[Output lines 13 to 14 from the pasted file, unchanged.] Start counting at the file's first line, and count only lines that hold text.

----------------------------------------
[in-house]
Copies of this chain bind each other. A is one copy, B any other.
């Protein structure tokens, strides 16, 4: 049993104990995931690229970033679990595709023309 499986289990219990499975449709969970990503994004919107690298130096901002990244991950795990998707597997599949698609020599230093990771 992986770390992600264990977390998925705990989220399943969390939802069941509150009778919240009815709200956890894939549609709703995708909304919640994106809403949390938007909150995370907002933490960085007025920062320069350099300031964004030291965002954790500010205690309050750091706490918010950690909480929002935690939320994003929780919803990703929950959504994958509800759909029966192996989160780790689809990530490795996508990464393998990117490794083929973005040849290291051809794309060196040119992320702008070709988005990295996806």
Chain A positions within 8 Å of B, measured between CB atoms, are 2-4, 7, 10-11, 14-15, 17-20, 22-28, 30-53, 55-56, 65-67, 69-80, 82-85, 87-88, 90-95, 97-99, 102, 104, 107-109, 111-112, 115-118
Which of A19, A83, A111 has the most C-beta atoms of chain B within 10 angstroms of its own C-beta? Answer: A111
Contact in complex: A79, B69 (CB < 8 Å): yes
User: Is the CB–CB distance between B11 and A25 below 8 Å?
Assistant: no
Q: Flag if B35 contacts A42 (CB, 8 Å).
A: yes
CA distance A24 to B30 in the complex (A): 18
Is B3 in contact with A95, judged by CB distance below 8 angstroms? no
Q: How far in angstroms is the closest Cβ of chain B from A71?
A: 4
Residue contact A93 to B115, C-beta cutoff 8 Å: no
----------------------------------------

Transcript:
Q: How far in angstroms is the closest Cβ of chain B from A71?
A: 4